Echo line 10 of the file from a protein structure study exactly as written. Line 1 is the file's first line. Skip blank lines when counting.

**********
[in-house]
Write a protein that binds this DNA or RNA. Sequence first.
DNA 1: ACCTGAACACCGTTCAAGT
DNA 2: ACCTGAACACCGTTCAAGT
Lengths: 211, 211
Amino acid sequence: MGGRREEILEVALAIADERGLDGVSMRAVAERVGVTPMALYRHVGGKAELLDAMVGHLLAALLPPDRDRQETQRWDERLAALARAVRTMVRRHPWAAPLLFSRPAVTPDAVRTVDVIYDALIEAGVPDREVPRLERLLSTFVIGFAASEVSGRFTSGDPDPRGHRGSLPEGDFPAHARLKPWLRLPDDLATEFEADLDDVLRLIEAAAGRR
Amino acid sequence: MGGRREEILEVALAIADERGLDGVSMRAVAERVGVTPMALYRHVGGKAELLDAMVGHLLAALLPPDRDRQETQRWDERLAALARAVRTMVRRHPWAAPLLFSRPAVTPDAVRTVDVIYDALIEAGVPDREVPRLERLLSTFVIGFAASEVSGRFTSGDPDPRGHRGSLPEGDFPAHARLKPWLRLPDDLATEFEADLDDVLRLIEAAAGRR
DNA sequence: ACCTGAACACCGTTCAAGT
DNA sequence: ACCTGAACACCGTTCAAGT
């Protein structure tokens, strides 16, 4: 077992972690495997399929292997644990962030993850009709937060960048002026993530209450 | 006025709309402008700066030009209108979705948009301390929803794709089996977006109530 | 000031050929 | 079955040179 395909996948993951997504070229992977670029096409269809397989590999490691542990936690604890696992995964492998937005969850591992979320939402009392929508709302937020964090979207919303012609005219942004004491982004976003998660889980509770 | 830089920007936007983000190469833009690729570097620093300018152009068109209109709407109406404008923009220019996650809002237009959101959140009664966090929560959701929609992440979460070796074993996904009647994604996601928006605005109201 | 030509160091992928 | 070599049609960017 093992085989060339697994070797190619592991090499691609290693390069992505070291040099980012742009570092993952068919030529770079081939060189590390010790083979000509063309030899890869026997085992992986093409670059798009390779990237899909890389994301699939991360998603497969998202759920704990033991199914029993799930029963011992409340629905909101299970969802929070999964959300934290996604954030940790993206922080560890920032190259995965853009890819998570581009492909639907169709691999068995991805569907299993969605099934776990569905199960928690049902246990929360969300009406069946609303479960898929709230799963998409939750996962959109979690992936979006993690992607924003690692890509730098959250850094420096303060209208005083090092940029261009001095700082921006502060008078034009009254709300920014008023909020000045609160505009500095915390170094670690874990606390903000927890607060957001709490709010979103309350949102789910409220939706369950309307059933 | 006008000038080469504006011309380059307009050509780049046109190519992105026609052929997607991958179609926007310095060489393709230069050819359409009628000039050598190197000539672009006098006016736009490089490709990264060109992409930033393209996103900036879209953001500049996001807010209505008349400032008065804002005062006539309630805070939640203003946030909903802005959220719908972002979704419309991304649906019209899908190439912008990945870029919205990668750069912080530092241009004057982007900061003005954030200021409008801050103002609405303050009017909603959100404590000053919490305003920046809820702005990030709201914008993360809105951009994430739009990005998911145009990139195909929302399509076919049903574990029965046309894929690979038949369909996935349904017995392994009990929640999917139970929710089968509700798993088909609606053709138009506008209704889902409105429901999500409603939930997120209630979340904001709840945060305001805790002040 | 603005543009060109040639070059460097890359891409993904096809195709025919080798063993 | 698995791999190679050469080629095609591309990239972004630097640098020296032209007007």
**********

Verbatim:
């Protein structure tokens, strides 16, 4: 077992972690495997399929292997644990962030993850009709937060960048002026993530209450 | 006025709309402008700066030009209108979705948009301390929803794709089996977006109530 | 000031050929 | 079955040179 395909996948993951997504070229992977670029096409269809397989590999490691542990936690604890696992995964492998937005969850591992979320939402009392929508709302937020964090979207919303012609005219942004004491982004976003998660889980509770 | 830089920007936007983000190469833009690729570097620093300018152009068109209109709407109406404008923009220019996650809002237009959101959140009664966090929560959701929609992440979460070796074993996904009647994604996601928006605005109201 | 030509160091992928 | 070599049609960017 093992085989060339697994070797190619592991090499691609290693390069992505070291040099980012742009570092993952068919030529770079081939060189590390010790083979000509063309030899890869026997085992992986093409670059798009390779990237899909890389994301699939991360998603497969998202759920704990033991199914029993799930029963011992409340629905909101299970969802929070999964959300934290996604954030940790993206922080560890920032190259995965853009890819998570581009492909639907169709691999068995991805569907299993969605099934776990569905199960928690049902246990929360969300009406069946609303479960898929709230799963998409939750996962959109979690992936979006993690992607924003690692890509730098959250850094420096303060209208005083090092940029261009001095700082921006502060008078034009009254709300920014008023909020000045609160505009500095915390170094670690874990606390903000927890607060957001709490709010979103309350949102789910409220939706369950309307059933 | 006008000038080469504006011309380059307009050509780049046109190519992105026609052929997607991958179609926007310095060489393709230069050819359409009628000039050598190197000539672009006098006016736009490089490709990264060109992409930033393209996103900036879209953001500049996001807010209505008349400032008065804002005062006539309630805070939640203003946030909903802005959220719908972002979704419309991304649906019209899908190439912008990945870029919205990668750069912080530092241009004057982007900061003005954030200021409008801050103002609405303050009017909603959100404590000053919490305003920046809820702005990030709201914008993360809105951009994430739009990005998911145009990139195909929302399509076919049903574990029965046309894929690979038949369909996935349904017995392994009990929640999917139970929710089968509700798993088909609606053709138009506008209704889902409105429901999500409603939930997120209630979340904001709840945060305001805790002040 | 603005543009060109040639070059460097890359891409993904096809195709025919080798063993 | 698995791999190679050469080629095609591309990239972004630097640098020296032209007007």